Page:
Here is what I am referring too. https://reprap.me

    It's the diamond printer, and if done properly, not only will you be able to do multiple colors, but you will also be able to do multiple filaments. So, fingers crossed that this all works and doesn't back fire like all my other previous designs from failure, or being outside of my build reach.

  • How dare you like this project!

    Krinkleneck01/17/2015 at 05:29 0 comments

    I can't believe you people!!!! Having faith in me!!! You guys have been following more and more. Well, with the Ara project actually releasing to specific consumers, my other project is on hold. I have to study their design a little closer, and that gives me time to actually build tests for mixing stations. I am thinking about doing a piston seal like for cars to eject the colored plastic. I will post up the design and results.

  • Contamination Problems

    Krinkleneck10/11/2014 at 10:59 0 comments

    The more I piece together the mental image and try to figure out how certain things work I realize how much I have to abandon. So, I am settling and testing a one plastic system where you introduce color with pigments. I am starting out with newer liquid thermoplastic pigmentation technologies.

    One of the main problems that I am trying to solve in this project is a suitable mixing chamber. I have tried some techniques that I have seen work "in theory", but during recent testing with has brought to light a few points. First these had a design that the same volumes and metrics of fluids would be introduced continuously, and two all fluids in solution were either the same or perfectly accounted for. Since I knew that the viscosity was going to be different and that any pigmentation was going to be extremely strong I just wanted to test a large scale mixing platform. I used a nozzle that came with a inserted helical structure that broke and reversed directions frequently.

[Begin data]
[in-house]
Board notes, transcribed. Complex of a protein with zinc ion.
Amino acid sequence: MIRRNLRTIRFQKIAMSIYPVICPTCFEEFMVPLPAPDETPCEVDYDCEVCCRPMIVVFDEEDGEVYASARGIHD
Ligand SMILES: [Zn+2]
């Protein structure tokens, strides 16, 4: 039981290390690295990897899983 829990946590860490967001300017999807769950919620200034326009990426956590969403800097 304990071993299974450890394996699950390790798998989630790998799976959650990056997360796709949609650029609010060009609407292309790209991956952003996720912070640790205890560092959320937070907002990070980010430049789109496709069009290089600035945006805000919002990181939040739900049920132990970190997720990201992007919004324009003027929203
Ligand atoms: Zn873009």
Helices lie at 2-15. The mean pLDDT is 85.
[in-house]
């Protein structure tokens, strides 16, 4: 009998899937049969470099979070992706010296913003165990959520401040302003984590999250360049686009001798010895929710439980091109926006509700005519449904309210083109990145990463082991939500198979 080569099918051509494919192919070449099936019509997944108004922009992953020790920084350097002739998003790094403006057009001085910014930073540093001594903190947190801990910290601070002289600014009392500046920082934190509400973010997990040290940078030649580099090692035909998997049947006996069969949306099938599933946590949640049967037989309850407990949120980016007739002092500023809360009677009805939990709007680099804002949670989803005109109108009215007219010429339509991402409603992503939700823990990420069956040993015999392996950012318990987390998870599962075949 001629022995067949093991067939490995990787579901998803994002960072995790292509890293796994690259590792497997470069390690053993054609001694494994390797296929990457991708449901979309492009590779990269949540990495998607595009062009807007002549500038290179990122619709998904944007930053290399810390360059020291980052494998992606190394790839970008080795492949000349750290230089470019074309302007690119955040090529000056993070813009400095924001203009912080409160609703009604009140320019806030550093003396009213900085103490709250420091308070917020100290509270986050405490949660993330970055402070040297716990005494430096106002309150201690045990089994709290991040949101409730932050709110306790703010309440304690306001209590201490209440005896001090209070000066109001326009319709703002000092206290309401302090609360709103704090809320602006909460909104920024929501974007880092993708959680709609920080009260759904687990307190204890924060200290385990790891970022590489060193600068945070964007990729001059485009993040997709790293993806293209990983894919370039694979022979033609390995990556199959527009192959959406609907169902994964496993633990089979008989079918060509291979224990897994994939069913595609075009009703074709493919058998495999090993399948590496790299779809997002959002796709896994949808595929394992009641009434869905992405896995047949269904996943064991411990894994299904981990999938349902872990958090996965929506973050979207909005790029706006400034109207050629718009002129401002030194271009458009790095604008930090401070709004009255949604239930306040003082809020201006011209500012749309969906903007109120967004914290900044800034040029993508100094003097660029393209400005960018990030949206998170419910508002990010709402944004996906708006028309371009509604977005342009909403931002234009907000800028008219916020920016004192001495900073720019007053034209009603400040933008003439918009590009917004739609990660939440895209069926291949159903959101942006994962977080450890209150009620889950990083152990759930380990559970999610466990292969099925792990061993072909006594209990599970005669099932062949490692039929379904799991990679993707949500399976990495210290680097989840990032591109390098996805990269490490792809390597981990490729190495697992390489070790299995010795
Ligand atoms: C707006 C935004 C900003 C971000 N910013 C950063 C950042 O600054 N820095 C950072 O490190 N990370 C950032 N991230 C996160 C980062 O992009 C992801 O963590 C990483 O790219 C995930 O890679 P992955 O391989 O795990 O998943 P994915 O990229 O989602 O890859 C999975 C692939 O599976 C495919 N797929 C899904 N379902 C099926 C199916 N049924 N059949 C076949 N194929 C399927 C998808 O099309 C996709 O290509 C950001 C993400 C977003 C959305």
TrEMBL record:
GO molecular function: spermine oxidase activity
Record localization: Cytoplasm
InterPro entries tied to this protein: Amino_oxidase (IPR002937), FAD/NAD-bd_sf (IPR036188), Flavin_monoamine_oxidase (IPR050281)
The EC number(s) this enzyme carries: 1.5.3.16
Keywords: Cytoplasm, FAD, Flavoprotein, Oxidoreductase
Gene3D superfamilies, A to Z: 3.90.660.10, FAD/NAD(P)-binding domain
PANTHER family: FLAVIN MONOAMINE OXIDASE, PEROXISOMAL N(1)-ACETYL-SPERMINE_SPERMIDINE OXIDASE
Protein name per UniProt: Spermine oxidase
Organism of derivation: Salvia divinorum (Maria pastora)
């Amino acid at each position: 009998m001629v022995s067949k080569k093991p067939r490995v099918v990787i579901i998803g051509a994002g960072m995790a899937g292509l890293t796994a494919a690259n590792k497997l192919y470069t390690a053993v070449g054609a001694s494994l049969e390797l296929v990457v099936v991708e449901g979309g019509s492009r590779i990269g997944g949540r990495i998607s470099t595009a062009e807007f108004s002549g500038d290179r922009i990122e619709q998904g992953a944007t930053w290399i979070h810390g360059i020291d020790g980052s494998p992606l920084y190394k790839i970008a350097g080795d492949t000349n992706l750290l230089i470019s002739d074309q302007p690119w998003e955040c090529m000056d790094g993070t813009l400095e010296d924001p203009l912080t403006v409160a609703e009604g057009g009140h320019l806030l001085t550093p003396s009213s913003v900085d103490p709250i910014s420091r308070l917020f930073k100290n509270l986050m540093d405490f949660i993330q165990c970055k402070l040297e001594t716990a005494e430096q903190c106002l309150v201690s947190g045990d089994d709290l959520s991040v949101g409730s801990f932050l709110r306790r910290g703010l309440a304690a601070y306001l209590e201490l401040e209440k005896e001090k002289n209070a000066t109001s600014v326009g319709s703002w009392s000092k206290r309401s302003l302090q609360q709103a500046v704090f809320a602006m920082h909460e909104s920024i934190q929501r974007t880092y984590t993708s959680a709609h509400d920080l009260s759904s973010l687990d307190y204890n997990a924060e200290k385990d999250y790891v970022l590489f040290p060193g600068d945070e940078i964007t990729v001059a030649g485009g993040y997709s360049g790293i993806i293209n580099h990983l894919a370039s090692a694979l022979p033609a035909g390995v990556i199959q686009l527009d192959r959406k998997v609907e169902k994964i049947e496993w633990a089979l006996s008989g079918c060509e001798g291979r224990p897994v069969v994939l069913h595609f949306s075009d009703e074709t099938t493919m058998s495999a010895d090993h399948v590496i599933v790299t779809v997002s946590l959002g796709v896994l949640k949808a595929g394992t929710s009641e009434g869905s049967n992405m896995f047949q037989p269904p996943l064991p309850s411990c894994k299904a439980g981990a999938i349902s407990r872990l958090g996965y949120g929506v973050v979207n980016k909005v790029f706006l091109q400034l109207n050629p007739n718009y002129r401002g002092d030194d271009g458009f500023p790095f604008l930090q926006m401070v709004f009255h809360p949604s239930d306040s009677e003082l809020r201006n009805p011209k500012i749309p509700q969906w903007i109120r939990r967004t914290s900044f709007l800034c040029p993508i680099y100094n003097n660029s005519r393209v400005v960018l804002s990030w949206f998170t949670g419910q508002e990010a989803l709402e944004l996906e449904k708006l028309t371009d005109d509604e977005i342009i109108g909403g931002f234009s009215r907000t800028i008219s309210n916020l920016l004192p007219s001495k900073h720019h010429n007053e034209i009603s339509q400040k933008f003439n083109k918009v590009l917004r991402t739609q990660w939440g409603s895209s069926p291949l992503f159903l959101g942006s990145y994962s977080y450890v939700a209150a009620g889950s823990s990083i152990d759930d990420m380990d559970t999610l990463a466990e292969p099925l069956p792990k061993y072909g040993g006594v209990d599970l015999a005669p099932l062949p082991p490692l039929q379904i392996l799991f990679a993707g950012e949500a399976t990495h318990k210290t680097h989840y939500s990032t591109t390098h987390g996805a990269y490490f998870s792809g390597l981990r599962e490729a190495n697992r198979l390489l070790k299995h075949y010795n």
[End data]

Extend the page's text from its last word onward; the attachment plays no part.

I began by picking up food coloring because it had close to the proper viscosity and it worked as a proper pigmentation. I then tried to emulate a close approximation of melted plastic with powder and water (I needed something that could emulate this for a little bit of time). I then proceeded to load up a syringe and the mixing chamber with uncolored semi solid and put dyes on top and in the mixing chamber.

    I noticed two significant problems. Firstly, the dyes pushed to the top of the mixing chamber separating out from the other viscous fluid and leaked out. This might attributable to how the system wasn't properly sealed and the dye and fluid had some place to go other than through the system. The other thing that has shown up even when I inject the dye into the mixing chamber to prevent back flow, this problem remains. The other thing is that when I push the fluids through the apparatus I get contamination from the dye and fluid clinging to the surface. From the point of dye insertion to the end of the mixing chamber where the fluid gets pushed out like an extruder it's contaminated. All the colors blend from levels that should be isolated from each other, and at every bend the length of the contamination increased by 1/3 of its previous length.. Subsequent mixture would then pick this dye up and be contaminated.

    I need a new mixing chamber that will mix in proper amount, maintain the plastic in a fluid state to mix properly, push to the extruder, push all of the mixture out without leaving significant contamination, do it in a timely fashion, and rinse and repeat. I have a few test models I need to build. I just need to figure out how to build them with tight enough tolerances to make this work. I already have located possible usable pigmentation, but I need to finish the build. I will check in with any further failures or successes.